Jewish institutions get 94 percent
of state Homeland Security money; ‘Kill the Jews’
cabbie charged with hate crime.
Assistant Managing Editor
The Department of Homeland Security has announced that it will dole out more than $6 million in New York State to improve security at potential civilian terrorist targets, an increase of 40 percent over last year.
About 94 percent of the money will go to Jewish institutions here, around the same percentage of the national total of $19 million, said David Pollock, associate executive director of the Jewish Community Relations Council of New York, who helped local Jewish agencies submit the grant applications.
There's a first for everything, and every first deserves something - but what?
Most New York Jews probably don't remember their first visit to South Florida, aka the "sixth borough". However, no matter how many times my family heads to South Florida to visit my parents, my twins Jacob and Sophie find some new "first" to delight in.
As an incoming sophomore at Brandeis University, an editor for a campus newspaper, a prospective business, psychology, undecided major and an active Jewish student on campus, my professional, extracurricular and Jewish worlds rarely overlap. But this summer, as one of 41 Jewish college students in the Collegiate Leadership Internship Program (CLIP), I am challenging myself to ask, “Why not?”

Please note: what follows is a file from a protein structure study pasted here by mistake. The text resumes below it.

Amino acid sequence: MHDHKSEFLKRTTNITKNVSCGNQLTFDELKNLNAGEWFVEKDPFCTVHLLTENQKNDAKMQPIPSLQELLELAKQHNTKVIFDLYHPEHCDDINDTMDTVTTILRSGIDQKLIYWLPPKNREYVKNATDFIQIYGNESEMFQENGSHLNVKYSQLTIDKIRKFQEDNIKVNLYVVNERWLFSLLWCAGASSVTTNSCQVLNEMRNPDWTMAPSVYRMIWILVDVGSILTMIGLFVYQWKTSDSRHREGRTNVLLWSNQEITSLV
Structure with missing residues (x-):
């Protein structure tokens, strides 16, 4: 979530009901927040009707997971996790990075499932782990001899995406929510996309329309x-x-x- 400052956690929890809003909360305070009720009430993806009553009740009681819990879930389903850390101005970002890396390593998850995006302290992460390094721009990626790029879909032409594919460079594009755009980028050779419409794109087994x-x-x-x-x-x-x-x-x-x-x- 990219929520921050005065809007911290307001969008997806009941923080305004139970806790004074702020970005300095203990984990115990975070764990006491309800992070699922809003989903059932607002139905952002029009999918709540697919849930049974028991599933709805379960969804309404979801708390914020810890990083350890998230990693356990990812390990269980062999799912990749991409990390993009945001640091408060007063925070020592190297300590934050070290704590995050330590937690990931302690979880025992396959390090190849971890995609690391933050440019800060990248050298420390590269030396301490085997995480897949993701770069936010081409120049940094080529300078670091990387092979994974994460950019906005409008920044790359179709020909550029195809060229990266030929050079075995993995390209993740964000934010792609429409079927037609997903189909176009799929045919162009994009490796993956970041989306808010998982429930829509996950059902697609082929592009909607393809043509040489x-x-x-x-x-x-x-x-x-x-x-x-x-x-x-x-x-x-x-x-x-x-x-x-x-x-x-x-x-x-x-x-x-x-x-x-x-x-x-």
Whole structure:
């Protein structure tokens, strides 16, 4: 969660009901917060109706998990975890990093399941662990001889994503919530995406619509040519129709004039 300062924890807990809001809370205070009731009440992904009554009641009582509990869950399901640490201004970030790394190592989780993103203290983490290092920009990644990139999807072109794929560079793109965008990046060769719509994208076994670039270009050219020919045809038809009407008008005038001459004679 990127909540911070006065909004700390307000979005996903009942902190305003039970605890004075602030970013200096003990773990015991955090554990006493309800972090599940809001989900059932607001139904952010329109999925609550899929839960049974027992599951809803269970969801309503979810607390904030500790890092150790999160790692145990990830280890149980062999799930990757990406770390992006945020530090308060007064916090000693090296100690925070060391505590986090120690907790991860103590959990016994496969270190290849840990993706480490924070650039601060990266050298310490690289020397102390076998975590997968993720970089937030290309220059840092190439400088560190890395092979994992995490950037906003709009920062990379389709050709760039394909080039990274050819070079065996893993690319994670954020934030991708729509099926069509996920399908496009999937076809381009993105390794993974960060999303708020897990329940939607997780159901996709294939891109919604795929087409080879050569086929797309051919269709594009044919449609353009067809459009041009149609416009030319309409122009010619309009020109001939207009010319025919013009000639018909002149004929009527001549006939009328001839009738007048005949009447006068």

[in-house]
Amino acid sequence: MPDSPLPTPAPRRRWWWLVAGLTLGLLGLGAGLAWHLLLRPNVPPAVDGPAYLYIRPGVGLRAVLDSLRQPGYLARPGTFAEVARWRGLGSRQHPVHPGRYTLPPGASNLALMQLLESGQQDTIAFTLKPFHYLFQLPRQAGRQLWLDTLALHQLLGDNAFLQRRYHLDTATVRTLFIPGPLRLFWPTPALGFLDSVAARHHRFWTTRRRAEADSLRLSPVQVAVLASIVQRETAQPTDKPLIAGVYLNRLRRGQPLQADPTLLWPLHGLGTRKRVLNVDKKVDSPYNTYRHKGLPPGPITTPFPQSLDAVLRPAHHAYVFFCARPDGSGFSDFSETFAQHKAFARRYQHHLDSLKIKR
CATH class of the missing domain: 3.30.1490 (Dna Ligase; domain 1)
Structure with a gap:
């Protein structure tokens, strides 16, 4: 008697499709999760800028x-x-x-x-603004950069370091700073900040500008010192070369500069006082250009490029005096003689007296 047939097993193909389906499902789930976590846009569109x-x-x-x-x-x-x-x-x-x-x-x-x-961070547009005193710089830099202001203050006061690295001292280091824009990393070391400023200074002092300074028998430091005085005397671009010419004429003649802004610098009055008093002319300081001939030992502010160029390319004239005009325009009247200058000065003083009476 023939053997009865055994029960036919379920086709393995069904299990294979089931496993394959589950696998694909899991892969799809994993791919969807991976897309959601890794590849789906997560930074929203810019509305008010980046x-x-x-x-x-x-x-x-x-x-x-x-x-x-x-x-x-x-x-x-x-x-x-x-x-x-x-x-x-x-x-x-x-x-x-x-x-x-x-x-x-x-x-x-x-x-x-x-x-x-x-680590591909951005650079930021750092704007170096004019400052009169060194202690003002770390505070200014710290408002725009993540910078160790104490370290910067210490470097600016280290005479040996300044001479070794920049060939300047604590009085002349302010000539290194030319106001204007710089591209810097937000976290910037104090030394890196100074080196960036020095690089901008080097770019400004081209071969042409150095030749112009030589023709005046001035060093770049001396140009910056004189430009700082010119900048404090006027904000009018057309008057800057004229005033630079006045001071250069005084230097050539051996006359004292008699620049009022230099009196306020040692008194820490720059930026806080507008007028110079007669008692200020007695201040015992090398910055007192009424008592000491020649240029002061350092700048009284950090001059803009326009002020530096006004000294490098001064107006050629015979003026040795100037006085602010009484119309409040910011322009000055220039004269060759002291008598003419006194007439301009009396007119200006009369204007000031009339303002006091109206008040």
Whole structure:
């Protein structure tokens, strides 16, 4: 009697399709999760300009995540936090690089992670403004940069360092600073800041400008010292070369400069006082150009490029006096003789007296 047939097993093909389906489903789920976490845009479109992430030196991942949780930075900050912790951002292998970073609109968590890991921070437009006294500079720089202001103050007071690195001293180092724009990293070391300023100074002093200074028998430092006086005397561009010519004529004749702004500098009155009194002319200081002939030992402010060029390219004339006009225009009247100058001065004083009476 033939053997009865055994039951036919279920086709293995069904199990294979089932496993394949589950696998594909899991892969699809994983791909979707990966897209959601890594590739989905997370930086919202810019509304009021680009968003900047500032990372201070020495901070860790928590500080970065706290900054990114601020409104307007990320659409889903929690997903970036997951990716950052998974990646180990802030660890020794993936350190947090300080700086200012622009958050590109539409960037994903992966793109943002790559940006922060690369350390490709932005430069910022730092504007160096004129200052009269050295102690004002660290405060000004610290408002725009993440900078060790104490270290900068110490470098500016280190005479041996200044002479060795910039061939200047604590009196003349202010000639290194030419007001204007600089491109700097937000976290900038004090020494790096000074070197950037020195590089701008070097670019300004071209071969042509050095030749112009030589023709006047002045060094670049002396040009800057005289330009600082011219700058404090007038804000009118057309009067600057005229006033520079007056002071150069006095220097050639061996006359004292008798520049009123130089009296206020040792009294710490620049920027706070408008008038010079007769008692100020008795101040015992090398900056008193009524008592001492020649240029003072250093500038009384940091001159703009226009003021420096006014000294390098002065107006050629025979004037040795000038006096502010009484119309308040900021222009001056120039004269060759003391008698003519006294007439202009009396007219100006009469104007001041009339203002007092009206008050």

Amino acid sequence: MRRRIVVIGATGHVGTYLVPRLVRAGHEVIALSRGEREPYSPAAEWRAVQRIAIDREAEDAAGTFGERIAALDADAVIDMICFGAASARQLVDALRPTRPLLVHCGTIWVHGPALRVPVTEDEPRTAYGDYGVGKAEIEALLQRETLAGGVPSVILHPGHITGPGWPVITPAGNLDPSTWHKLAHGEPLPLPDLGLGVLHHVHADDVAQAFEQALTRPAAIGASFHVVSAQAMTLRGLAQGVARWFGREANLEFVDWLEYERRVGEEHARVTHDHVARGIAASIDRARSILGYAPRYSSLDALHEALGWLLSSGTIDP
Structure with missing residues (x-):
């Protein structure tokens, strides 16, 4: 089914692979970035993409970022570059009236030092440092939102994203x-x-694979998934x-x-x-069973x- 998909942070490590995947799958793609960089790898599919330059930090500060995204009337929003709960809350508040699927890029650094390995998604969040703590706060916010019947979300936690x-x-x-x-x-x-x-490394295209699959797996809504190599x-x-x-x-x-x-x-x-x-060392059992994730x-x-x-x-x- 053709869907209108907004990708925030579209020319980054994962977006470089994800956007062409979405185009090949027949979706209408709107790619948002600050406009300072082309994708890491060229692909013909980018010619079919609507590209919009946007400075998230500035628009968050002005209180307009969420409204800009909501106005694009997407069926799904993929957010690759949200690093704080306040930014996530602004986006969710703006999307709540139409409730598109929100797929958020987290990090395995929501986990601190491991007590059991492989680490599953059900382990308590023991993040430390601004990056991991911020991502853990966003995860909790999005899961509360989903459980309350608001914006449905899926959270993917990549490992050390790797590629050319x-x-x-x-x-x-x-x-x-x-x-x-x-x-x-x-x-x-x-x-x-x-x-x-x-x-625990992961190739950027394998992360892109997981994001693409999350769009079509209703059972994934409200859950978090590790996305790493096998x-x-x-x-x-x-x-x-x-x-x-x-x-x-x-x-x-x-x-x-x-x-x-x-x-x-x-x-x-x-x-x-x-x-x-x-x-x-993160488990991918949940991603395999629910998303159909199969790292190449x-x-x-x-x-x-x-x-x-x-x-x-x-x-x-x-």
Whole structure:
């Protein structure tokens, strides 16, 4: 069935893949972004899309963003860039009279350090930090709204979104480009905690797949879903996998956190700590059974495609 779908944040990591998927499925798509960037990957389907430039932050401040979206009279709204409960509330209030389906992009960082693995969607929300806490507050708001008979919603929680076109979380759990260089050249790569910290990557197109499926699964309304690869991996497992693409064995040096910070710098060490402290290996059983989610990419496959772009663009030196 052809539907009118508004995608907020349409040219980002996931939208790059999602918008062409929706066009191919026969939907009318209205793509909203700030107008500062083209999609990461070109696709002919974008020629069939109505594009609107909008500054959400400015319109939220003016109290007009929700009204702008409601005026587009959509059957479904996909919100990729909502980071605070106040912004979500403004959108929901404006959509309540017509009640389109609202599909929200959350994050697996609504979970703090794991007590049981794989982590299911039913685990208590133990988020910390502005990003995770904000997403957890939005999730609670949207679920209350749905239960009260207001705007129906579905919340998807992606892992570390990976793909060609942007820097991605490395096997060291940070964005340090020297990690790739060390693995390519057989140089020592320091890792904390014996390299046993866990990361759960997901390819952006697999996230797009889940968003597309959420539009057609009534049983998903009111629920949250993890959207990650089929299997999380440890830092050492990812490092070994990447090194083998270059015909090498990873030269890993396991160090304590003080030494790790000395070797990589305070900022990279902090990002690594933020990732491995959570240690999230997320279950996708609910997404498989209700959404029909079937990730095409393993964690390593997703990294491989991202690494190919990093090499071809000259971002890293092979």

Local synagogues’ scroll donations enhance worship for Ethiopian Israelis and IDF members.
Torah scrolls from the New York area are writing new chapters in the lives of Israeli soldiers and of a struggling Ethiopian congregation in the Israeli town of Beit Shemesh.
From the National Council of Young Israel (NCYI), which has donated dozens of Torah scrolls over the years, to the East Midwood Jewish Center, which made its maiden Torah run two weeks ago, this is the summer of the celebratory dance with Torah held high, a trans-Atlantic act of kindness, many times over.
Two bat mitzvah projects hit close to home for a couple of local teens, and help kids here and in Israel.
He was a distant cousin — literally; he 6,000 miles away in Israel, she on the Upper East Side.
But Katy Mayerson, 13, had grown close to Noam Mayerson over her many trips to Israel to see family.
“I really, really liked him and everybody liked him,” Katy said of her cousin. “I don’t know one person who didn’t — he was really smart and nice and loving, and there wasn’t really any bad aspect about him.”